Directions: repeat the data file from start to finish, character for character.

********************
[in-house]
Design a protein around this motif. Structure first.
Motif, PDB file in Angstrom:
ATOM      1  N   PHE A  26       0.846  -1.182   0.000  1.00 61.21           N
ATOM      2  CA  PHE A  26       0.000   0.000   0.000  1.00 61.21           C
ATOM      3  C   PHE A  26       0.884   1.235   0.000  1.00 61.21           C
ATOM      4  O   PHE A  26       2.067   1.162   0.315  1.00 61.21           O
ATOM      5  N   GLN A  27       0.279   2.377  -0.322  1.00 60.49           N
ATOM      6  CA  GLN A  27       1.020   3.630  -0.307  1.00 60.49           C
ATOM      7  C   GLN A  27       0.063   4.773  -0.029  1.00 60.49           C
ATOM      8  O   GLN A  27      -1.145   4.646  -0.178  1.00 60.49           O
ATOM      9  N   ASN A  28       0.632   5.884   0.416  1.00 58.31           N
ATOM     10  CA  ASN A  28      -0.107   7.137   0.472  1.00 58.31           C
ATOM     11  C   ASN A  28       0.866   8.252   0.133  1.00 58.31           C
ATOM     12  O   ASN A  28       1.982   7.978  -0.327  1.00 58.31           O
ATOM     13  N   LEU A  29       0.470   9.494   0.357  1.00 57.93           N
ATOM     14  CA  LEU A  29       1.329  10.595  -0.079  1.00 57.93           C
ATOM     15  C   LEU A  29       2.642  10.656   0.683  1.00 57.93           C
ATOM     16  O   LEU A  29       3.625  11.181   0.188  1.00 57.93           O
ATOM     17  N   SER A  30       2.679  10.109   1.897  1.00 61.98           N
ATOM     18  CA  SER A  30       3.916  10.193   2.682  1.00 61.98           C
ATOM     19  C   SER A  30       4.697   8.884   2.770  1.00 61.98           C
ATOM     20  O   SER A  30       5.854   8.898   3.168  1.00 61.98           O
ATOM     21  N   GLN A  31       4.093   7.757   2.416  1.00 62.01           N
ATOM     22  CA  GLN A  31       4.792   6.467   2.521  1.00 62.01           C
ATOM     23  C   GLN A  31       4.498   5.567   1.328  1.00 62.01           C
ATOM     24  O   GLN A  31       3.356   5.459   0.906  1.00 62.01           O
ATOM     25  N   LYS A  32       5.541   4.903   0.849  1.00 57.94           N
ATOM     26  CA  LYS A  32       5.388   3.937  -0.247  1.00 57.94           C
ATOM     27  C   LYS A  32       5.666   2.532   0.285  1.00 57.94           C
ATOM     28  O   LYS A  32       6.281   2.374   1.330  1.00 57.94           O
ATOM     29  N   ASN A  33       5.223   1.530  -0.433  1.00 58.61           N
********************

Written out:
[in-house]
Design a protein around this motif. Structure first.
Motif, PDB file in Angstrom:
ATOM      1  N   PHE A  26       0.846  -1.182   0.000  1.00 61.21           N
ATOM      2  CA  PHE A  26       0.000   0.000   0.000  1.00 61.21           C
ATOM      3  C   PHE A  26       0.884   1.235   0.000  1.00 61.21           C
ATOM      4  O   PHE A  26       2.067   1.162   0.315  1.00 61.21           O
ATOM      5  N   GLN A  27       0.279   2.377  -0.322  1.00 60.49           N
ATOM      6  CA  GLN A  27       1.020   3.630  -0.307  1.00 60.49           C
ATOM      7  C   GLN A  27       0.063   4.773  -0.029  1.00 60.49           C
ATOM      8  O   GLN A  27      -1.145   4.646  -0.178  1.00 60.49           O
ATOM      9  N   ASN A  28       0.632   5.884   0.416  1.00 58.31           N
ATOM     10  CA  ASN A  28      -0.107   7.137   0.472  1.00 58.31           C
ATOM     11  C   ASN A  28       0.866   8.252   0.133  1.00 58.31           C
ATOM     12  O   ASN A  28       1.982   7.978  -0.327  1.00 58.31           O
ATOM     13  N   LEU A  29       0.470   9.494   0.357  1.00 57.93           N
ATOM     14  CA  LEU A  29       1.329  10.595  -0.079  1.00 57.93           C
ATOM     15  C   LEU A  29       2.642  10.656   0.683  1.00 57.93           C
ATOM     16  O   LEU A  29       3.625  11.181   0.188  1.00 57.93           O
ATOM     17  N   SER A  30       2.679  10.109   1.897  1.00 61.98           N
ATOM     18  CA  SER A  30       3.916  10.193   2.682  1.00 61.98           C
ATOM     19  C   SER A  30       4.697   8.884   2.770  1.00 61.98           C
ATOM     20  O   SER A  30       5.854   8.898   3.168  1.00 61.98           O
ATOM     21  N   GLN A  31       4.093   7.757   2.416  1.00 62.01           N
ATOM     22  CA  GLN A  31       4.792   6.467   2.521  1.00 62.01           C
ATOM     23  C   GLN A  31       4.498   5.567   1.328  1.00 62.01           C
ATOM     24  O   GLN A  31       3.356   5.459   0.906  1.00 62.01           O
ATOM     25  N   LYS A  32       5.541   4.903   0.849  1.00 57.94           N
ATOM     26  CA  LYS A  32       5.388   3.937  -0.247  1.00 57.94           C
ATOM     27  C   LYS A  32       5.666   2.532   0.285  1.00 57.94           C
ATOM     28  O   LYS A  32       6.281   2.374   1.330  1.00 57.94           O
ATOM     29  N   ASN A  33       5.223   1.530  -0.433  1.00 58.61           N